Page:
Moving the Race Conversation Forward: How the Media Covers Racism, and Other Barriers to Productive Racial Discourse, Pt. 1January 21, 2014
This document is part 1 of 2. This report identifies and describes some of the key ways in which mainstream discourse in the United States unproductively approaches issues of race and racism. In this report, we present our expansive analysis of recent media coverage on race and racism (Section 2), and our description of Seven Harmful Racial Discourse Practices that occur not just in mainstream media, but in varied spaces where "race talk" takes place (Section 3). It also provides some everyday discourse recommendations applicable to everyone from racial and social justice advocates to media editors to leaders and members of religious groups to news consumers.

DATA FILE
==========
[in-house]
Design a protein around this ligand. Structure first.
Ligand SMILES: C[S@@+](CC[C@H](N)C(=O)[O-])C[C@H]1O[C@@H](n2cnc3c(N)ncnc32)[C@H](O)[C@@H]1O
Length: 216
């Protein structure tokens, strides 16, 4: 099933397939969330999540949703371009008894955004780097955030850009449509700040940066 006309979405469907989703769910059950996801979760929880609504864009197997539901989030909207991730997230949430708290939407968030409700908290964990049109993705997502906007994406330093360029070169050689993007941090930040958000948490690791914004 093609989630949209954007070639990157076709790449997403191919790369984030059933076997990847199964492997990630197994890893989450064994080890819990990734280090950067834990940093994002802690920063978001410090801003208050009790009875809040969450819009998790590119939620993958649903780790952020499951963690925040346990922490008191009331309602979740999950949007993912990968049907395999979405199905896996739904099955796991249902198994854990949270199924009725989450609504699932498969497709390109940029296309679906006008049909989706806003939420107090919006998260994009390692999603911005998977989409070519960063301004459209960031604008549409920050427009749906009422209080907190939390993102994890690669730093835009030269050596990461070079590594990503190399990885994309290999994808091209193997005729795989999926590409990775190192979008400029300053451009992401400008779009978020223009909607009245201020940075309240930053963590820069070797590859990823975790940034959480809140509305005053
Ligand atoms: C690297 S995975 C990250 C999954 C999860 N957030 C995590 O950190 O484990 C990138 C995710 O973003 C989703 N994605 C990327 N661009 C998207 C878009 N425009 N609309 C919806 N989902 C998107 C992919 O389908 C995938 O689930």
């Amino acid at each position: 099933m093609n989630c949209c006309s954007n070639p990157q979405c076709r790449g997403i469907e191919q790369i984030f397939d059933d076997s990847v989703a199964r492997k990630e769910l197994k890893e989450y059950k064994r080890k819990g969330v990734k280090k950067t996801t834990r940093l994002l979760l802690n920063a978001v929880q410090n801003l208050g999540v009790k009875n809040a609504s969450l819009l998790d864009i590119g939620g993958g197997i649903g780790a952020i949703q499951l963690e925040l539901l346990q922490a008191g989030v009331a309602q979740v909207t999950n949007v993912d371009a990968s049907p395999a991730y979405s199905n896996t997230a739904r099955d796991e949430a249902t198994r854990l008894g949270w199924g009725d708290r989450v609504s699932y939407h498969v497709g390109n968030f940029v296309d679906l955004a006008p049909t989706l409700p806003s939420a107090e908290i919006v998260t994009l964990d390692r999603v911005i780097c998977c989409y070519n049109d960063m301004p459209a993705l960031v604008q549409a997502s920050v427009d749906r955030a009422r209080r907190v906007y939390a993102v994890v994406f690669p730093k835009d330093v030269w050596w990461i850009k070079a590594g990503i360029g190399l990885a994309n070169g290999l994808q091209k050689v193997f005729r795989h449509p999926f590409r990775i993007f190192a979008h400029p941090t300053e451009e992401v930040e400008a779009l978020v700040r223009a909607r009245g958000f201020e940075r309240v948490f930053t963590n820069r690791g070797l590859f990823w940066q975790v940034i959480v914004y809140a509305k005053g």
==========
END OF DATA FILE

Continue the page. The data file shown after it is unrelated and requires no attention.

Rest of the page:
Over the last decade, media -- the means by which we communicate -- has evolved significantly. Television, radio, and print newspapers and magazines were once the primary means to obtain news and information. However, the rapid evolution of the Internet and mobile technology has generated new media platforms and expanded the universe of information creators, producers, and distributors. Media information once flowed in one direction, but the expansion of the field has made the movement more diffuse.With this changing landscape as a backdrop, the Foundation Center, with support from the John S. and James L. Knight Foundation and the Wyncote Foundation, and in collaboration with Media Impact Funders, GuideStar, and the Ford Foundation, sought to provide a fuller picture of media-related grantmaking by U.S. foundations. Tracking investments from 2009 to 2011, the data reveals that foundations are increasingly supporting media-related work across multiple areas. At the same time, they are tapping into larger trends, with investments in new media growing at a faster pace than traditional media investments. However, growth in grantmaking across the spectrum of media is inconsistent -- with growth in public broadcasting falling behind growth in investments in other areas.As demand for media funding continues to rise, these gaps are the most important ones to watch -- especially considering the 2011 Federal Communications Commission report, "The Information Needs of Communities", which called for philanthropy to play a bigger role in supporting media. Since this is a baseline assessment, it will be crucial to see how media grantmaking evolves.